The symbol of the Mediterranean Games consists of three rings representing Asia, Africa and Europe, the three continents involved in this competition.[11] The rings dissolve in a wavy line in their lower part, as if they were immersed in the Mediterranean Sea. During the closing ceremony, the flag is transferred to the country of the city chosen to host the next Mediterranean Games.[11]

Mediterranean GamesEdit

No inland city has ever hosted the games. All but one of the host cities to date have been situated on the Mediterranean coast (Casablanca is located on the Atlantic coast).

 
Cities that have hosted the Games
No Year Host City Opened by Nations Competitors Sports Events Top Country On
Medal Table
Men Women Total
1 1951   Alexandria Farouk I 10 734 --- 734 14 91   Italy
2 1955   Barcelona Francisco Franco 10 1135 --- 1135 20 102   France
3 1959   Beirut Fuad Chehab 11 792 --- 792 17 106   France
4 1963   Naples Antonio Segni 13 1057 --- 1057 17 93   Italy
5 1967   Tunis Habib Bourguiba 12 1211 38 1249 14 93   Italy
6 1971   İzmir Cevdet Sunay 14 1235 127 1362 18 137   Italy
7 1975   Algiers Houari Boumédiène 15 2095 349 2444 19 160   Italy
8 1979   Split Josip Broz Tito 14 2009 399 2408 26 192   Yugoslavia
9 1983   Casablanca Hassan II 16 1845 335 2180 20 162   Italy
10 1987   Latakia Hafez al-Assad 18 1529 467 1996 19 162   Italy
11 1991   Athens Konstantinos Karamanlis 18 2176 586 2762 24 217   Italy
12 1993   Languedoc-Roussillon François Mitterrand 20 1994 604 2598 24 217   France
13 1997   Bari Oscar Luigi Scalfaro 21 2195 804 2999 27 234   Italy
14 2001   Tunis Zine El Abidine Ben Ali 23[12] 2002 1039 3041 23 230   France
15 2005   Almería Juan Carlos I 21 2134 1080 3214 27 258   Italy
16 2009   Pescara Renato Schifani 23 2183 1185 3368 28 244   Italy
17 2013   Mersin Recep Tayyip Erdoğan 24 1994 1070 3064 27 264   Italy
18 2018   Tarragona Felipe VI 26 2656 1885 4541 28 246   Italy
19 2022   Oran Abdelmadjid Tebboune 26 2107 1283 3390 24 244   Italy
20 2026   Taranto TBD Future Event
Notes

All-time medal tableEdit

Medal Table 1951 – 2022

Rank Team Games Gold Silver Bronze Total
1   Italy 19 924 790 747 2461[13]
2   France 19 652 600 569 1821[13]
3   Turkey 19 386 269 317 862[13]
4   Spain 19 343 474 568 1385[13]
5   Greece 19 200 257 349 806[13]
6   Yugoslavia* 12 199 177 182 558[13]
7   Egypt 17 156 208 255 619[13]
8   Tunisia 17 89 101 159 349[13]
9   Algeria 15 86 76 131 293[13]
10   Morocco 17 72 90 116 278[13]
11   Croatia 8 57 68 79 204[13]
12   Slovenia 8 55 64 99 218[13]
13   Serbia 5 54 51 56 161[13]
14   Syria 17 32 42 76 150[13]
15   United Arab Republic** 1 23 21 30 74[13]
16   Cyprus 11 19 21 25 65[13]
17   Albania 10 11 19 19 49[13]
18   Lebanon 18 10 23 42 75[13]
19   Portugal 2 9 18 21 48[13]
20   Bosnia and Herzegovina 8 6 8 25 39[13]
21   Kosovo 2 6 1 3 10[13]
22   San Marino 10 5 10 8 23[13]
23   Montenegro 4 4 8 10 22[13]
24   North Macedonia 3 3 2 9 14[13]
25   Libya 13 2 1 14 17[13]
26   Malta 19 1 4 4 9[13]
27   Monaco 15 1 3 1 5[13]
28   Andorra 5 0 0 0 0[13]
29   Jordan*** 1 0 0 0 0[13]
Total 3405 3406 3911 10722

- Yugoslavia competed in 1997 and 2001 as FR Yugoslavia.[14]

- Serbia competed in 2005 as Serbia and Montenegro.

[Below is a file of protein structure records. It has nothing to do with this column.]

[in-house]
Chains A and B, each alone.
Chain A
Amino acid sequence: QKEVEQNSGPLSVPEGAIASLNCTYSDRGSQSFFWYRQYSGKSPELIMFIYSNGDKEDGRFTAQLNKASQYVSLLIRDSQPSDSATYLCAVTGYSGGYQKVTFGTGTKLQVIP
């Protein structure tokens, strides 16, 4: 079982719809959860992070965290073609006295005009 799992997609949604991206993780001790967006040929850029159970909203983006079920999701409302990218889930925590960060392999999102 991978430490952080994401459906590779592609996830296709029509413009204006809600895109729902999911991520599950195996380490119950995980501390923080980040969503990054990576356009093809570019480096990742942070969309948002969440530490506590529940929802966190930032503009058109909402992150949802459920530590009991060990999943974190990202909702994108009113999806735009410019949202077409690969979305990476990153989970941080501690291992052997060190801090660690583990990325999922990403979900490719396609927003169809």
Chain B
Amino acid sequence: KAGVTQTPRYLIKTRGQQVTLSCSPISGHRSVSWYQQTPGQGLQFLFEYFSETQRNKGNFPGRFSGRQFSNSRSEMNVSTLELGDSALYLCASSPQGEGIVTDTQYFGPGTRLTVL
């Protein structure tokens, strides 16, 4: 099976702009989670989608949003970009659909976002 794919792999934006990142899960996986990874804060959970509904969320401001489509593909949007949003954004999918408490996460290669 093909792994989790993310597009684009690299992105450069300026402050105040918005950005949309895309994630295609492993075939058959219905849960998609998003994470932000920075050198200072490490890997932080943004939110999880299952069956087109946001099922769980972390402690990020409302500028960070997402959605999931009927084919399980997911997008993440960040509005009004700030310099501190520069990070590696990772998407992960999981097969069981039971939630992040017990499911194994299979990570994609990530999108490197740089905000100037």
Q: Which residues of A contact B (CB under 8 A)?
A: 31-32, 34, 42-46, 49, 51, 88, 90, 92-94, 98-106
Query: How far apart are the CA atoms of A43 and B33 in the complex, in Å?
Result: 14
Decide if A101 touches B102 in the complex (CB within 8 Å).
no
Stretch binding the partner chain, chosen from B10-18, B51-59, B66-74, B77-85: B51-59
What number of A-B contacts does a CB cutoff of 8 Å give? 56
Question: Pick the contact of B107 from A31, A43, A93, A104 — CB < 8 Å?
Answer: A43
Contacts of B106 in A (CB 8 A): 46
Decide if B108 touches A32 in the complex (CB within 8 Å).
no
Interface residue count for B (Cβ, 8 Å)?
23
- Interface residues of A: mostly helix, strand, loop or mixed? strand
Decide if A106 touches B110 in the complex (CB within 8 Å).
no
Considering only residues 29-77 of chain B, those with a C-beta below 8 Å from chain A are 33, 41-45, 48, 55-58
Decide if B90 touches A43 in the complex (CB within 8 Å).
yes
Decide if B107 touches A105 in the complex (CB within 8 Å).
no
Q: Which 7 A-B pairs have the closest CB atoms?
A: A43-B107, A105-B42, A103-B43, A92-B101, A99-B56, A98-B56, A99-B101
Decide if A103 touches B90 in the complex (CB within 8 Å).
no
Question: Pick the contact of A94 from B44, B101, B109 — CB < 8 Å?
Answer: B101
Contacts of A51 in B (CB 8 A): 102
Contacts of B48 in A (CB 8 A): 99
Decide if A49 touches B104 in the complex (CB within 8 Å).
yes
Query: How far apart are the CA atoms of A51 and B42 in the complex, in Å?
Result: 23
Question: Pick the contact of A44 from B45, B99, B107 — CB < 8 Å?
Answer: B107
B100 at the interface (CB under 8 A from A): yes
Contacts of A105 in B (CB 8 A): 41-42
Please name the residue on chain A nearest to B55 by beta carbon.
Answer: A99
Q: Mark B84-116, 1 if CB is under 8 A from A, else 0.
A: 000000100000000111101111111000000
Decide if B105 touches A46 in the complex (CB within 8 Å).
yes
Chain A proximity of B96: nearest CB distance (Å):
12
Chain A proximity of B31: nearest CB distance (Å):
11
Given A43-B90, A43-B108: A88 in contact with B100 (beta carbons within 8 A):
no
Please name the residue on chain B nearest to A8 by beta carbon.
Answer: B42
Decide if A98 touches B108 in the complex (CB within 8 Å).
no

• (*) Yugoslavia participated in the Games before its breakup and the establishment of the constituent republics
  • (**) The UAR included at the time Egypt and Syria
  • (***) Honorary participation in the MG Tunis 2001

CompetitionsEdit

Throughout the history of the Mediterranean Games, 33 different sports have been presented.

Sport Years
  Archery Since 1971
  Athletics Since 1951
  Badminton Since 2013
  Basketball Since 1951
  Beach volleyball Since 2005
  Bocce Since 1997
  Boxing Since 1951
  Canoeing Since 1979
  Cycling Since 1955
  Diving Since 1951
  Equestrian Since 1955
Sport Years
  Fencing Since 1951
  Field hockey Since 1955
  Football Since 1951
  Golf Since 1983
  Gymnastics Since 1951
  Handball Since 1967
  Judo Since 1971
  Karate Since 1993
 Roller hockey Since 1955
  Rowing Since 1951
  Rugby union Since 1955
Sport Years
  Sailing Since 1955
  Shooting Since 1951
  Swimming Since 1951
  Table tennis Since 1971
  Taekwondo Since 2013
  Tennis Since 1963
  Volleyball Since 1959
  Water polo Since 1951
  Waterskiing Since 2009
  Weightlifting Since 1951
  Wrestling Since 1951

See alsoEdit

ReferencesEdit

  1. ^ "History of the Mediterranean Games". International Committee of Mediterranean Games. CIJM. Retrieved 21 June 2015.
  2. ^ εφ. "Αθλητική Ημέρα", Μάιος 1935.
  3. ^ "Mediterranean Games". gbrathletics.com. Retrieved 21 December 2012. The Mediterranean Games were first held in 1951, although an unofficial Games was previously held in 1949.
  4. ^ Mediterranean Cup and Games. RSSSF. Retrieved 2019-08-16.
  5. ^ "Participating countries". pescara2009.it. Retrieved 15 March 2018.
  6. ^ Kosovo accepted as member of International Committee of the Mediterranean Games.
  7. ^ "Vatican City primed for debut at Mediterranean Games".
  8. ^ The games must go on: Avery Brundage and the Olympic movement, Allen Guttmann, page 225.
  9. ^ "Participation of Portugal in the MG Tarragona 2017". cijm.org.gr. Retrieved 20 August 2016.
  10. ^ "Portugal new member of the ICMG". cijm.org.gr. Retrieved 1 February 2018.
  11. ^ a b "Mediterranean Games History". Mediterranean Games Site. 2008. Retrieved 2008-10-02.
  12. ^ "Archived copy" (PDF). Archived from the original (PDF) on 2013-07-28. Retrieved 2013-06-15.{{cite web}}: CS1 maint: archived copy as title (link)
  13. ^ a b c d e f g h i j k l m n o p q r s t u v w x y z aa ab ac "Medals table per country and per Games".
  14. ^ "International Committee of the Mediterranean Games".

External linksEdit

  • cijm.org – International Mediterranean Games Committee